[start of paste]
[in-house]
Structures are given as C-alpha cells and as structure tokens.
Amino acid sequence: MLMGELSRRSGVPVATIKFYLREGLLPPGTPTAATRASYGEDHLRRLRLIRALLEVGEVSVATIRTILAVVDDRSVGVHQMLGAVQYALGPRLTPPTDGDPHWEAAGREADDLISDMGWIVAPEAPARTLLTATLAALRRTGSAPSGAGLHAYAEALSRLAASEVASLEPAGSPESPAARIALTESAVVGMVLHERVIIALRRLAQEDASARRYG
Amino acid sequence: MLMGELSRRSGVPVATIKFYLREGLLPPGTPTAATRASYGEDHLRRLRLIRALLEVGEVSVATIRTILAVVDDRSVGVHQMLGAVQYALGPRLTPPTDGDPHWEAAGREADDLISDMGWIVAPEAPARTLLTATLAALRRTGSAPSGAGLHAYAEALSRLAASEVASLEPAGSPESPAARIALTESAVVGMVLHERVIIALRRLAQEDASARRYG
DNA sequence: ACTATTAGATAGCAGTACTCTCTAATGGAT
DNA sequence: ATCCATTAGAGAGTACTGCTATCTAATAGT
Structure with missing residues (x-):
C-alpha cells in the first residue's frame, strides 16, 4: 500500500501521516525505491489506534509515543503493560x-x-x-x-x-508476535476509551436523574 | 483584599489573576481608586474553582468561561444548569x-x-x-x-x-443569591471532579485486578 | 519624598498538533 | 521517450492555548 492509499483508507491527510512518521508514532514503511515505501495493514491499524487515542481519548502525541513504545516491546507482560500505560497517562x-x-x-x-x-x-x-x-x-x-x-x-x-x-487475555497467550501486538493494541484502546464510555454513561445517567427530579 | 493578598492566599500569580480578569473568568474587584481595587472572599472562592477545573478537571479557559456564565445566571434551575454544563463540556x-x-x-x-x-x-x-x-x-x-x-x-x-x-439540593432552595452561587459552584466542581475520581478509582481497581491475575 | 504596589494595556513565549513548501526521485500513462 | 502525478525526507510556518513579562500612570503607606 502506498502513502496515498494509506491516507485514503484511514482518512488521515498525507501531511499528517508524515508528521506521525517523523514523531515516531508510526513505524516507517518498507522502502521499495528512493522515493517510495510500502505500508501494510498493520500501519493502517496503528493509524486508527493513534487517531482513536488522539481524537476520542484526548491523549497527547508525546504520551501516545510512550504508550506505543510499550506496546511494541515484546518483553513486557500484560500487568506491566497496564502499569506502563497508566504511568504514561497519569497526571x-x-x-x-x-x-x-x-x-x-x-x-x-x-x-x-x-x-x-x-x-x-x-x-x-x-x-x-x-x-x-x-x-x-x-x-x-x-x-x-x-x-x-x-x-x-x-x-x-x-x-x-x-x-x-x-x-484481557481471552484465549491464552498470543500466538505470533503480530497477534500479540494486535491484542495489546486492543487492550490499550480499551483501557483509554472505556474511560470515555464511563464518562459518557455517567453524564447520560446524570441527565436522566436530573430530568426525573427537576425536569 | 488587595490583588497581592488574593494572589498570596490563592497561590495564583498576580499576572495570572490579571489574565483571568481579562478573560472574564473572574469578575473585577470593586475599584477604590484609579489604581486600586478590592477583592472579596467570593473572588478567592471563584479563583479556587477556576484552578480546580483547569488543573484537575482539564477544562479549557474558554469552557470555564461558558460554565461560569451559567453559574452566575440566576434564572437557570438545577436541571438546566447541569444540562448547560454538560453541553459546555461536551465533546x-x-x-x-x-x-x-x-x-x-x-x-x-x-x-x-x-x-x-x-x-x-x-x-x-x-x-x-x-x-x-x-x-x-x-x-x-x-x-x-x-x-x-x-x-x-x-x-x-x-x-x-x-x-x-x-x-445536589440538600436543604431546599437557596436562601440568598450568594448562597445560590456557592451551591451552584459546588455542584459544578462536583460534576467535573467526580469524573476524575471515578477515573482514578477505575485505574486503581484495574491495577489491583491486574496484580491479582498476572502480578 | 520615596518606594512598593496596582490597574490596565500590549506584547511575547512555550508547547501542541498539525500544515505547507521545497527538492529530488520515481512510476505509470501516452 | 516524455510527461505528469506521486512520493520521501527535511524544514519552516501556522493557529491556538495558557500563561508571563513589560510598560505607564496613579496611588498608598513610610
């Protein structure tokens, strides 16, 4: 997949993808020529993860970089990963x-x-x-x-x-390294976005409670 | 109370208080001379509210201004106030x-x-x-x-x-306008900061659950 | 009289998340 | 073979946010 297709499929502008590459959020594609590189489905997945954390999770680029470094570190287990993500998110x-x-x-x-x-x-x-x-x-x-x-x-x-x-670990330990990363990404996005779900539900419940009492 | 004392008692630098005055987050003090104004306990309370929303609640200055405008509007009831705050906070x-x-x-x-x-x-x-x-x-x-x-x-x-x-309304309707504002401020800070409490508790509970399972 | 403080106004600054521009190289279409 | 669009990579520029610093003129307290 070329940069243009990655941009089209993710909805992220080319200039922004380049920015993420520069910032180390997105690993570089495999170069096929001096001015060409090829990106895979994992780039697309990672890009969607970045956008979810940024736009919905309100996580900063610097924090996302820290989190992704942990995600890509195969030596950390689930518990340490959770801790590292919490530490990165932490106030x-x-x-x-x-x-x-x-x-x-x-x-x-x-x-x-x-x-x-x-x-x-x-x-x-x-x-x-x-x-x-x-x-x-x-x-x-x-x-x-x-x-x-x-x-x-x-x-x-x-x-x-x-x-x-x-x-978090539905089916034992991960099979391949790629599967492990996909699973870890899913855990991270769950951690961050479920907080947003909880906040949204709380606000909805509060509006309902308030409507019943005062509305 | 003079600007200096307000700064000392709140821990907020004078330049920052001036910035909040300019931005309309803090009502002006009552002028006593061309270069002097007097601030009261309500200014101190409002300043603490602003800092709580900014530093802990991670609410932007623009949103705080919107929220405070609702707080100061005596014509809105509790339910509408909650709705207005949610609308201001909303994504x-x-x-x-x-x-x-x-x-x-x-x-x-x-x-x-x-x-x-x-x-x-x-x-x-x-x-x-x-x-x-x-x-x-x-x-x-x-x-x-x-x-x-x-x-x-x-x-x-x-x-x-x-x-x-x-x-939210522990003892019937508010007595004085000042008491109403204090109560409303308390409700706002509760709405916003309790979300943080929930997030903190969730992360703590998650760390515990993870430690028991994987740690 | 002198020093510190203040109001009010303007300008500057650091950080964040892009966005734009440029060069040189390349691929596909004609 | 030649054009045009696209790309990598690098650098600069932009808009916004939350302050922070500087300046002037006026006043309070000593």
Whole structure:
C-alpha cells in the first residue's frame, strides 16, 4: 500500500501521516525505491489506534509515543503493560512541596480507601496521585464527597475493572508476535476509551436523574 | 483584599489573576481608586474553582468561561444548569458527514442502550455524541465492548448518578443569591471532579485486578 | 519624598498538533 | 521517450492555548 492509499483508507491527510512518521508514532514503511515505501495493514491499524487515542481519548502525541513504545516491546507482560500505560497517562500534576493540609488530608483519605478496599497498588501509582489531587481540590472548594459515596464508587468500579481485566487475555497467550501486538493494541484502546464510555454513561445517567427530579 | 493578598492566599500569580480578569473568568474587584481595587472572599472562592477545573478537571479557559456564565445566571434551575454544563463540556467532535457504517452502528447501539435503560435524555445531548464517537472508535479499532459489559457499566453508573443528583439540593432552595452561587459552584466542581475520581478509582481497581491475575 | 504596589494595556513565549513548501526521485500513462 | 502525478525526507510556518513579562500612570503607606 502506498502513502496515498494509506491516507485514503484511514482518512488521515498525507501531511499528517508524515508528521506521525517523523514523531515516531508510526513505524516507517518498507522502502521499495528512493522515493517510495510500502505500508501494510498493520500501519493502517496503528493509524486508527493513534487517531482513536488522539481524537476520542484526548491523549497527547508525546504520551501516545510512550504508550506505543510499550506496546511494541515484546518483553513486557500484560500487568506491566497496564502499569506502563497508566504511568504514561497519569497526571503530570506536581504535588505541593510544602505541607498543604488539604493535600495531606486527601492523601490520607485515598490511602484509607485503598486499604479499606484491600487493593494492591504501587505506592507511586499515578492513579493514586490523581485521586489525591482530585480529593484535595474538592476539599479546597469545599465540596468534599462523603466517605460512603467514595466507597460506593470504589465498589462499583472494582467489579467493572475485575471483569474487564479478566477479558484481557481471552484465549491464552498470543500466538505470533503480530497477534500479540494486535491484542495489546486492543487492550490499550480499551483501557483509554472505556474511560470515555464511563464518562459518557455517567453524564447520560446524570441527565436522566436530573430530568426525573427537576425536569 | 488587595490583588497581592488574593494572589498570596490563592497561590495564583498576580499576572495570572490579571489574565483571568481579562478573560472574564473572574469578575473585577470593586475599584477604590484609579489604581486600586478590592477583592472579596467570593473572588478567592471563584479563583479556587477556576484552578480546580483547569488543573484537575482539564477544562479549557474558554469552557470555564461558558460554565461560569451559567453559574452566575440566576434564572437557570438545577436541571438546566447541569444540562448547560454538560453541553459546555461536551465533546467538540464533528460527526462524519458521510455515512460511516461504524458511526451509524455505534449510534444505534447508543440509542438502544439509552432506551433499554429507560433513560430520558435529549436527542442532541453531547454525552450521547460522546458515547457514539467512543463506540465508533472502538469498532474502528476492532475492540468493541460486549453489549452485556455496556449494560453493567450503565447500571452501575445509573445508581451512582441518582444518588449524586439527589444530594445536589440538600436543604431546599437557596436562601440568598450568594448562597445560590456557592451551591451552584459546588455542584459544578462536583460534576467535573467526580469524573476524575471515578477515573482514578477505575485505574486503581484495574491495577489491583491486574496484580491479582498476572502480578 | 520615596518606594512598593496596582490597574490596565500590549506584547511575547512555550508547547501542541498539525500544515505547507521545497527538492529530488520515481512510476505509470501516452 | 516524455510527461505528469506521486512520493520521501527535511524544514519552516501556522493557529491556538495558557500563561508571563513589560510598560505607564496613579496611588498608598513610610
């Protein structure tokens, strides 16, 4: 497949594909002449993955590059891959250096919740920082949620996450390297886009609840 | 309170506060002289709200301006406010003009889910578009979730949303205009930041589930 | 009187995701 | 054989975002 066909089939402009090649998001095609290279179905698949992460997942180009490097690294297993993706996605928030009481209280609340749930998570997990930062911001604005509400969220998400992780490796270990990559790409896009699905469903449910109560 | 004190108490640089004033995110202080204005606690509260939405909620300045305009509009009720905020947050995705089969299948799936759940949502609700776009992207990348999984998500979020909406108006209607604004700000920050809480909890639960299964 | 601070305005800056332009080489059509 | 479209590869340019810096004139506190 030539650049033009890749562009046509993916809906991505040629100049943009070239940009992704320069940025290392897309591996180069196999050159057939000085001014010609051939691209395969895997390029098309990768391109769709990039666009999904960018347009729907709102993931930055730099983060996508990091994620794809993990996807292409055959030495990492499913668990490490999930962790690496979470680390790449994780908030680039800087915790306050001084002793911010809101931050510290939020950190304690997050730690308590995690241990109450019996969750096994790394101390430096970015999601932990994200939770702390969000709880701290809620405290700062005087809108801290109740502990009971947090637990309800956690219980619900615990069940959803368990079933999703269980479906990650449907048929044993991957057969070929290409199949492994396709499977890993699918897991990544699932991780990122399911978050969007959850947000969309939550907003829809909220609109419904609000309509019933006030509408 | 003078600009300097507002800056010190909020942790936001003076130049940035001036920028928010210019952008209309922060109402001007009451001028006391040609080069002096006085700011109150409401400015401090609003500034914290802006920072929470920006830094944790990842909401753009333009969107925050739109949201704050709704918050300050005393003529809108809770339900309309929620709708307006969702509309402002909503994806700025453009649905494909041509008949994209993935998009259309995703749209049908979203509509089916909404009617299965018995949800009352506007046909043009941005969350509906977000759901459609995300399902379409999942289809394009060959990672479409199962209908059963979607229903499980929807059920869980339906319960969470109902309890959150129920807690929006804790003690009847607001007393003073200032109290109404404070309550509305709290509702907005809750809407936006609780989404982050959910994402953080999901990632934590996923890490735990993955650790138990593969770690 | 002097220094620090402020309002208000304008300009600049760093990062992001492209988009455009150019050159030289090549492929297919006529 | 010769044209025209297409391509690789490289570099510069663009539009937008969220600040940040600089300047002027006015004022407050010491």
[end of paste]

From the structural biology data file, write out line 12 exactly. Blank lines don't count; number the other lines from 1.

């Protein structure tokens, strides 16, 4: 497949594909002449993955590059891959250096919740920082949620996450390297886009609840 | 309170506060002289709200301006406010003009889910578009979730949303205009930041589930 | 009187995701 | 054989975002 066909089939402009090649998001095609290279179905698949992460997942180009490097690294297993993706996605928030009481209280609340749930998570997990930062911001604005509400969220998400992780490796270990990559790409896009699905469903449910109560 | 004190108490640089004033995110202080204005606690509260939405909620300045305009509009009720905020947050995705089969299948799936759940949502609700776009992207990348999984998500979020909406108006209607604004700000920050809480909890639960299964 | 601070305005800056332009080489059509 | 479209590869340019810096004139506190 030539650049033009890749562009046509993916809906991505040629100049943009070239940009992704320069940025290392897309591996180069196999050159057939000085001014010609051939691209395969895997390029098309990768391109769709990039666009999904960018347009729907709102993931930055730099983060996508990091994620794809993990996807292409055959030495990492499913668990490490999930962790690496979470680390790449994780908030680039800087915790306050001084002793911010809101931050510290939020950190304690997050730690308590995690241990109450019996969750096994790394101390430096970015999601932990994200939770702390969000709880701290809620405290700062005087809108801290109740502990009971947090637990309800956690219980619900615990069940959803368990079933999703269980479906990650449907048929044993991957057969070929290409199949492994396709499977890993699918897991990544699932991780990122399911978050969007959850947000969309939550907003829809909220609109419904609000309509019933006030509408 | 003078600009300097507002800056010190909020942790936001003076130049940035001036920028928010210019952008209309922060109402001007009451001028006391040609080069002096006085700011109150409401400015401090609003500034914290802006920072929470920006830094944790990842909401753009333009969107925050739109949201704050709704918050300050005393003529809108809770339900309309929620709708307006969702509309402002909503994806700025453009649905494909041509008949994209993935998009259309995703749209049908979203509509089916909404009617299965018995949800009352506007046909043009941005969350509906977000759901459609995300399902379409999942289809394009060959990672479409199962209908059963979607229903499980929807059920869980339906319960969470109902309890959150129920807690929006804790003690009847607001007393003073200032109290109404404070309550509305709290509702907005809750809407936006609780989404982050959910994402953080999901990632934590996923890490735990993955650790138990593969770690 | 002097220094620090402020309002208000304008300009600049760093990062992001492209988009455009150019050159030289090549492929297919006529 | 010769044209025209297409391509690789490289570099510069663009539009937008969220600040940040600089300047002027006015004022407050010491």